Scottish independence: Westminster cites ‘evidence’ that EU would bar Scotland

Masked employees of Telefonica hold an anti-austerity protest in Barcelona
Masked employees of Telefonica hold an anti-austerity protest in Barcelona
Have your say

AN INDEPENDENT Scotland would have to negotiate its way back into the EU, the coalition government said yesterday.

In the clearest statement yet from the UK government on the post-independence position in Europe, Foreign Office minister Hugo Swire said the “weight of international legal precedent” held that Scotland would have to reapply for membership.

Meanwhile, Labour MP Ann McKechin suggested an independent Scotland could be hit with import tariffs when trading with the rest of the UK if it is not granted automatic admission to the European Union.

Speaking during a Westminster Hall debate on Scotland in Europe, Mr Swire said: “England, Northern Ireland and Wales would continue the international legal personality of the UK; Scotland, having decided to leave the UK, would start afresh.

“The overwhelming weight of international legal precedent underscores this point.

“The most likely scenario by far is that an independent Scotland would have to apply to join the EU as a new state, involving negotiation with the rest of the UK and other member states, the outcome of which cannot be predicted.”

He added that this would mean Scotland would have to commit to joining the euro and Schengen border agreement, and could lose the UK rebate as well as having to negotiate new agreements on fishing and agricultural policies.

If Scotland has to join the Schengen agreement, this would lead to border posts with the rest of the UK.

Glasgow MP Ms McKechin warned that if Scotland had to negotiate its way back into the EU, it would also have to do the same for the World Trade Organisation. She said being outside the EU would mean Scotland could find itself subject to import tariffs in relation to the rest of the UK, which represents two-thirds of its “exports”.

She told MPs: “If Scotland were not part of the EU in a post-separation scenario, obviously its trading relationship with the rest of the UK would be in question – what criteria, tariffs and so on, would be in force.”

Ms McKechin added: “Scotland’s economy relies heavily on having a stable export market and many thousands of jobs depend on foreign trade, but the manner in which the Scottish Government have twisted and turned at every corner to avoid a clear answer as to what legal advice they had on such questions can only corrode public trust.”

She also pointed out that it took Croatia a decade to enter the EU because of an objection from Slovenia.

Ms McKechin said: “Given the gridlock of other membership requests, and that other EU states are much less relaxed about national referendums for secession, there is every risk that the application and negotiations could drag on, with consequent risks and uncertainty to our economy and particularly our financial services.”

She insisted Scottish voters needed to know what the position would be before making their decision in 2014 and accused the Scottish Government of trying to avoid the question.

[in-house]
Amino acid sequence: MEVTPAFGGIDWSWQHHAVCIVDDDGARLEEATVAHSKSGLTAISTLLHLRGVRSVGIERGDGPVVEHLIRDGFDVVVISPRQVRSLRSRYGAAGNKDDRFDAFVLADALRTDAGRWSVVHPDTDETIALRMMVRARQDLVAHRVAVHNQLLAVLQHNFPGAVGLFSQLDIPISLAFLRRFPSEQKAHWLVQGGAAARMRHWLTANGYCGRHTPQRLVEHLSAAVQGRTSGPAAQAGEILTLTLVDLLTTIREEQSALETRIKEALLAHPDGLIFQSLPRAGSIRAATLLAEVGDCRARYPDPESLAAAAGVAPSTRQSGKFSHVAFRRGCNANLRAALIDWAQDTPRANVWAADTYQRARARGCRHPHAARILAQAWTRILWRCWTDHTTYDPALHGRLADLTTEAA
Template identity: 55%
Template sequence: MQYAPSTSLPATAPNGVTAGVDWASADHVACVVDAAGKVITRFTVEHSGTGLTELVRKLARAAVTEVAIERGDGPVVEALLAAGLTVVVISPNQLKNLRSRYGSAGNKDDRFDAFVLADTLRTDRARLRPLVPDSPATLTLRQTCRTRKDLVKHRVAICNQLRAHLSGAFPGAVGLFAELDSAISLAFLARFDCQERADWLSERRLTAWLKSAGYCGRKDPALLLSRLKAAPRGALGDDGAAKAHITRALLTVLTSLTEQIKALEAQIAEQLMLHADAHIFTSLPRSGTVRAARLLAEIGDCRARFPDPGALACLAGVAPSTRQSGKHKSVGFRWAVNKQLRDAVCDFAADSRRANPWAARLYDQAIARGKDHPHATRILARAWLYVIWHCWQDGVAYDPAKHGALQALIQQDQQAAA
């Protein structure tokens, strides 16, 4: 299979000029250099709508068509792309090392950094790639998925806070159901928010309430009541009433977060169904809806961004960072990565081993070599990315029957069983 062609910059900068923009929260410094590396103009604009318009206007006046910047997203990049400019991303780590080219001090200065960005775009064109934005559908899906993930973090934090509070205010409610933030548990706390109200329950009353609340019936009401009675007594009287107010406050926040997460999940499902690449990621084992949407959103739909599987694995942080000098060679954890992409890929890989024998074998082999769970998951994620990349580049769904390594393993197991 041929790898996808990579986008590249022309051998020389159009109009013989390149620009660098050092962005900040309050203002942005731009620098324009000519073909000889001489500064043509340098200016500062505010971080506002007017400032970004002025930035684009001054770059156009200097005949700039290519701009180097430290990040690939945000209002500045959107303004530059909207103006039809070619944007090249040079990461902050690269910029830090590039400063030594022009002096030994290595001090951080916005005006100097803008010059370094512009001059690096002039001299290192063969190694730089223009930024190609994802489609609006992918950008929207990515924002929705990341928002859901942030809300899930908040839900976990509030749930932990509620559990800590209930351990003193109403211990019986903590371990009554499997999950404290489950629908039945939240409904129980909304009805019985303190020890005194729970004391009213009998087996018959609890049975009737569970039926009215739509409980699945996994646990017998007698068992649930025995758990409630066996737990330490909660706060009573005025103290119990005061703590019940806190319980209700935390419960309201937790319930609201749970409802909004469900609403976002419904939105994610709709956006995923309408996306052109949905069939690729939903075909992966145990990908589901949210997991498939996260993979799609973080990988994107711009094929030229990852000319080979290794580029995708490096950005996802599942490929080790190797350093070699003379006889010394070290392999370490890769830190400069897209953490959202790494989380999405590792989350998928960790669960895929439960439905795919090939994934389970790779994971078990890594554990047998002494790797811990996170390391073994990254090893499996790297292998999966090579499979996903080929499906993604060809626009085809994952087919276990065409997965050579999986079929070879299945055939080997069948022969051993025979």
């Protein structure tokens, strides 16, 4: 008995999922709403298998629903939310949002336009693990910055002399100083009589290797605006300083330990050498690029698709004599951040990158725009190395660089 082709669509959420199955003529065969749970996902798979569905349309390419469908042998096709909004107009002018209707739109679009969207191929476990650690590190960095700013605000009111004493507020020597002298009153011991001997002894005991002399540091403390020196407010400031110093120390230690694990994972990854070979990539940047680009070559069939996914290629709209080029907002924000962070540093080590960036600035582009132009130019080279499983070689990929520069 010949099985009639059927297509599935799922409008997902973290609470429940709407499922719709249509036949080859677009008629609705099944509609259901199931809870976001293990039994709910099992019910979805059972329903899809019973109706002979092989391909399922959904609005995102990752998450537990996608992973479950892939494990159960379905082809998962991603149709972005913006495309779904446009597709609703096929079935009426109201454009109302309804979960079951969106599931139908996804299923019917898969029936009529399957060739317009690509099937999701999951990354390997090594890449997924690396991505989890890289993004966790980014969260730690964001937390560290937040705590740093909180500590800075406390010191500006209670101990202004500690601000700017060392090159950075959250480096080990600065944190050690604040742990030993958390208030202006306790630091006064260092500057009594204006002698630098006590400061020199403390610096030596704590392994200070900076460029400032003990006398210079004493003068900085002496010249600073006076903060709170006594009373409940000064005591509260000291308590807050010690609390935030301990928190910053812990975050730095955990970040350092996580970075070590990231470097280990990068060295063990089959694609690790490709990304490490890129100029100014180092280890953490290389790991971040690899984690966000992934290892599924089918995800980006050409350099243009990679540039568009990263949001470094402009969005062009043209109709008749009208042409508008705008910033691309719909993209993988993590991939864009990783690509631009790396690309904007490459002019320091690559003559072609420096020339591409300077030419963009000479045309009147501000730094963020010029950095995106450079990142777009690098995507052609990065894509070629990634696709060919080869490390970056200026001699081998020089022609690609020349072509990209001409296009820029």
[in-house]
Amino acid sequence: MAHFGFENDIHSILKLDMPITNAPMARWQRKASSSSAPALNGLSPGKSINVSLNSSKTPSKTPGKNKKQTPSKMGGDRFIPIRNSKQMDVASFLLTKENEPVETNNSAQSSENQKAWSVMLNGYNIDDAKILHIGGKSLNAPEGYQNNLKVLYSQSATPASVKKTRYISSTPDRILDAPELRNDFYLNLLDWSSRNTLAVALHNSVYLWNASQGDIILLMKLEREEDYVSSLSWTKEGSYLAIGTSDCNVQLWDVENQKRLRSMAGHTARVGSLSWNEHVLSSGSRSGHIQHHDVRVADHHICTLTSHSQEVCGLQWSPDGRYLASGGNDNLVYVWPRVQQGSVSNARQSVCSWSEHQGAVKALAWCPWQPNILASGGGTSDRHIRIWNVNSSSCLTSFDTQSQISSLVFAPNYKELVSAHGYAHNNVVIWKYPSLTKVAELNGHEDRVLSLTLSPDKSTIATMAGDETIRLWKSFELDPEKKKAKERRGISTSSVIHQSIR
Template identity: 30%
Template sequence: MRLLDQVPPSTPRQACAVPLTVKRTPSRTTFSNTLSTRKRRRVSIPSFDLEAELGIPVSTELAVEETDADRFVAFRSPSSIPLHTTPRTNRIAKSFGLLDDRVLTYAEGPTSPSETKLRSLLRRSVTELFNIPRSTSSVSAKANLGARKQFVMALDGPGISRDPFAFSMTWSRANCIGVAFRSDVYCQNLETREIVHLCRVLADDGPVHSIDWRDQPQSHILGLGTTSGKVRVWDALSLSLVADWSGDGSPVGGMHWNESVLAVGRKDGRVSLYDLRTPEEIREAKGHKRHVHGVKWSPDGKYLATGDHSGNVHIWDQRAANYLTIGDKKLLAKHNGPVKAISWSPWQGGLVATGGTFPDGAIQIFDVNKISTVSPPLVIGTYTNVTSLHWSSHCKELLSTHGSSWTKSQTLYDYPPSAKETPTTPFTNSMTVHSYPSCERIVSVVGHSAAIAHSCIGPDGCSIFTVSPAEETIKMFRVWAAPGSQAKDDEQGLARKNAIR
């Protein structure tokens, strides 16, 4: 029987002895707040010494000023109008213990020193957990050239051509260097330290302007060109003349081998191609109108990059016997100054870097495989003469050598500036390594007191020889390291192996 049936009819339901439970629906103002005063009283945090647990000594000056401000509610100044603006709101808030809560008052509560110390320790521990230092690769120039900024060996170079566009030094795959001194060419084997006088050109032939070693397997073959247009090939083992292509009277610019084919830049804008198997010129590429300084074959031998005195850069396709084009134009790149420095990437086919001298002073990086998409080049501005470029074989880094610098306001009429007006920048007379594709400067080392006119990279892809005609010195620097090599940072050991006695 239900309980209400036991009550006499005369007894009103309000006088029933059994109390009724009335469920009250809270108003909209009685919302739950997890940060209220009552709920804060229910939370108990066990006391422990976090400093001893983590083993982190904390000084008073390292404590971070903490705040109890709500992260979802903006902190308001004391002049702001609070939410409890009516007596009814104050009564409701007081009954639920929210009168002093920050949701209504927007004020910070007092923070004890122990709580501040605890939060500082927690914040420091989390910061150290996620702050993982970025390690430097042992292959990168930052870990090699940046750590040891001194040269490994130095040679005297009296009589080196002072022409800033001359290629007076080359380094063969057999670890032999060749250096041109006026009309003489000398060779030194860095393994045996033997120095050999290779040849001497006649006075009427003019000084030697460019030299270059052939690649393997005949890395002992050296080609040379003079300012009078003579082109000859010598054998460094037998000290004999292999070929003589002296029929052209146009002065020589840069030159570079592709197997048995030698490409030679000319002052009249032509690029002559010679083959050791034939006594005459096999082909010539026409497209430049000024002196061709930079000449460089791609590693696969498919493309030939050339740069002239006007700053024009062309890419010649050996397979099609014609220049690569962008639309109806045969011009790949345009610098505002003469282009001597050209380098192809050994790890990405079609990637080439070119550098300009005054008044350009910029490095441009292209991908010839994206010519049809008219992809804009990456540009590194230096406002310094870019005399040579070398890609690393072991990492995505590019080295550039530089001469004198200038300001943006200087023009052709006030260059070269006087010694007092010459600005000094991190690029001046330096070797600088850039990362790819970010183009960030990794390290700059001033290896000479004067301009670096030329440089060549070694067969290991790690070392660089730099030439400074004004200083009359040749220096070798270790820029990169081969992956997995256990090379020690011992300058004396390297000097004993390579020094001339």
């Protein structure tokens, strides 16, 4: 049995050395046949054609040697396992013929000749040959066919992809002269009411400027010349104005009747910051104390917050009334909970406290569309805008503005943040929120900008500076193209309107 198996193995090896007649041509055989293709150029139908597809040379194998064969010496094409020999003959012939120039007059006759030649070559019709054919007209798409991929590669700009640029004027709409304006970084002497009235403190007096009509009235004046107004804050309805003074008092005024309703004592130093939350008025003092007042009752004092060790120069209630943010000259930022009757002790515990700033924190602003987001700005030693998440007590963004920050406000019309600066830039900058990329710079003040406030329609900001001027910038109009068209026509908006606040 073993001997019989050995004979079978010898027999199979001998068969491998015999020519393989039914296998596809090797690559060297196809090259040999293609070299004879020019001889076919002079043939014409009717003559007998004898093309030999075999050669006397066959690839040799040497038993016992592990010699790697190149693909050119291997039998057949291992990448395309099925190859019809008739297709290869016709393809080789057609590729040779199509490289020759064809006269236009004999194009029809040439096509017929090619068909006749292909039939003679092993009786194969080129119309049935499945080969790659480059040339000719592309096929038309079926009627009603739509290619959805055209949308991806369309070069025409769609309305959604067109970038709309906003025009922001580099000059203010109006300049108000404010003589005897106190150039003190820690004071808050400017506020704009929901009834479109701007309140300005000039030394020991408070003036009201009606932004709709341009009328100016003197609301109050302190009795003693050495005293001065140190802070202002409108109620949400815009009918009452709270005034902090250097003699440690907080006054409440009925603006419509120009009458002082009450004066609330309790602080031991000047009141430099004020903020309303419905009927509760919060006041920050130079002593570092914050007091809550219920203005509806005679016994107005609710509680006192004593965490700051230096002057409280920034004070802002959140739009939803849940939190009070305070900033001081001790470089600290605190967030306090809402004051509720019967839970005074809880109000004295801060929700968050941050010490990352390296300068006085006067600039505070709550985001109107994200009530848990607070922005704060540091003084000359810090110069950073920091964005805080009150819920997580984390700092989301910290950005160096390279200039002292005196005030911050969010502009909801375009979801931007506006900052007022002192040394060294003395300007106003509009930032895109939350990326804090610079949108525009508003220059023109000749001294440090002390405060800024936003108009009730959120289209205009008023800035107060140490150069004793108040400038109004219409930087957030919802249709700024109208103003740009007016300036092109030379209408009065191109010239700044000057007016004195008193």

However, the SNP accused Ms McKechin of “scaremongering”. Nationalist Angus MP Mike Weir asked if she was sure the rest of the UK would still be part of the EU, given the current pressure on the coalition government for an in/out referendum.

CBI Scotland director Iain McMillan said the issue was a “concern”. He said: “This is one of the issues that adds to the great uncertainty around independence. It causes uncertainty for businesses and consumers.”

Recently the Scottish Government admitted it had not sought legal advice on the issue of Scotland’s place in Europe after a possible vote in favour of independence.

But the likelihood of Scotland having an easy path was reduced last month when Spanish foreign minister Jose Manuel Garcia-Margallo told his parliament in Madrid that Scotland “would have to join the queue”.

Ms McKechin added that “as a small country among 28”, Scotland “would be in a very weak position” to negotiate a good 

But the SNP yesterday maintained that as Scotland was 
already a member of the EU, it would be allowed to remain so post-independence.

Perth and North Perthshire SNP MP Pete Wishart said the pro-Union MPs had adopted a “scaremongering culture”.

He said: “Of course, the plat du jour this week is scaremongering on Europe. Barely a day goes past without another instalment in the scaremongering stories.

“Their message to the Scottish people when it comes to Europe is, ‘You cannae dae this, we’re no gonna let you do that and don’t even think about this.’”

He said that the main threat to Scotland remaining in the EU came from the UK’s possible departure.

He said: “There is a threat to Scotland’s European membership. It comes from the Union; it comes from the Westminster Tories.They are even prepared to defeat their government to ensure that they get this country out of the European Union.”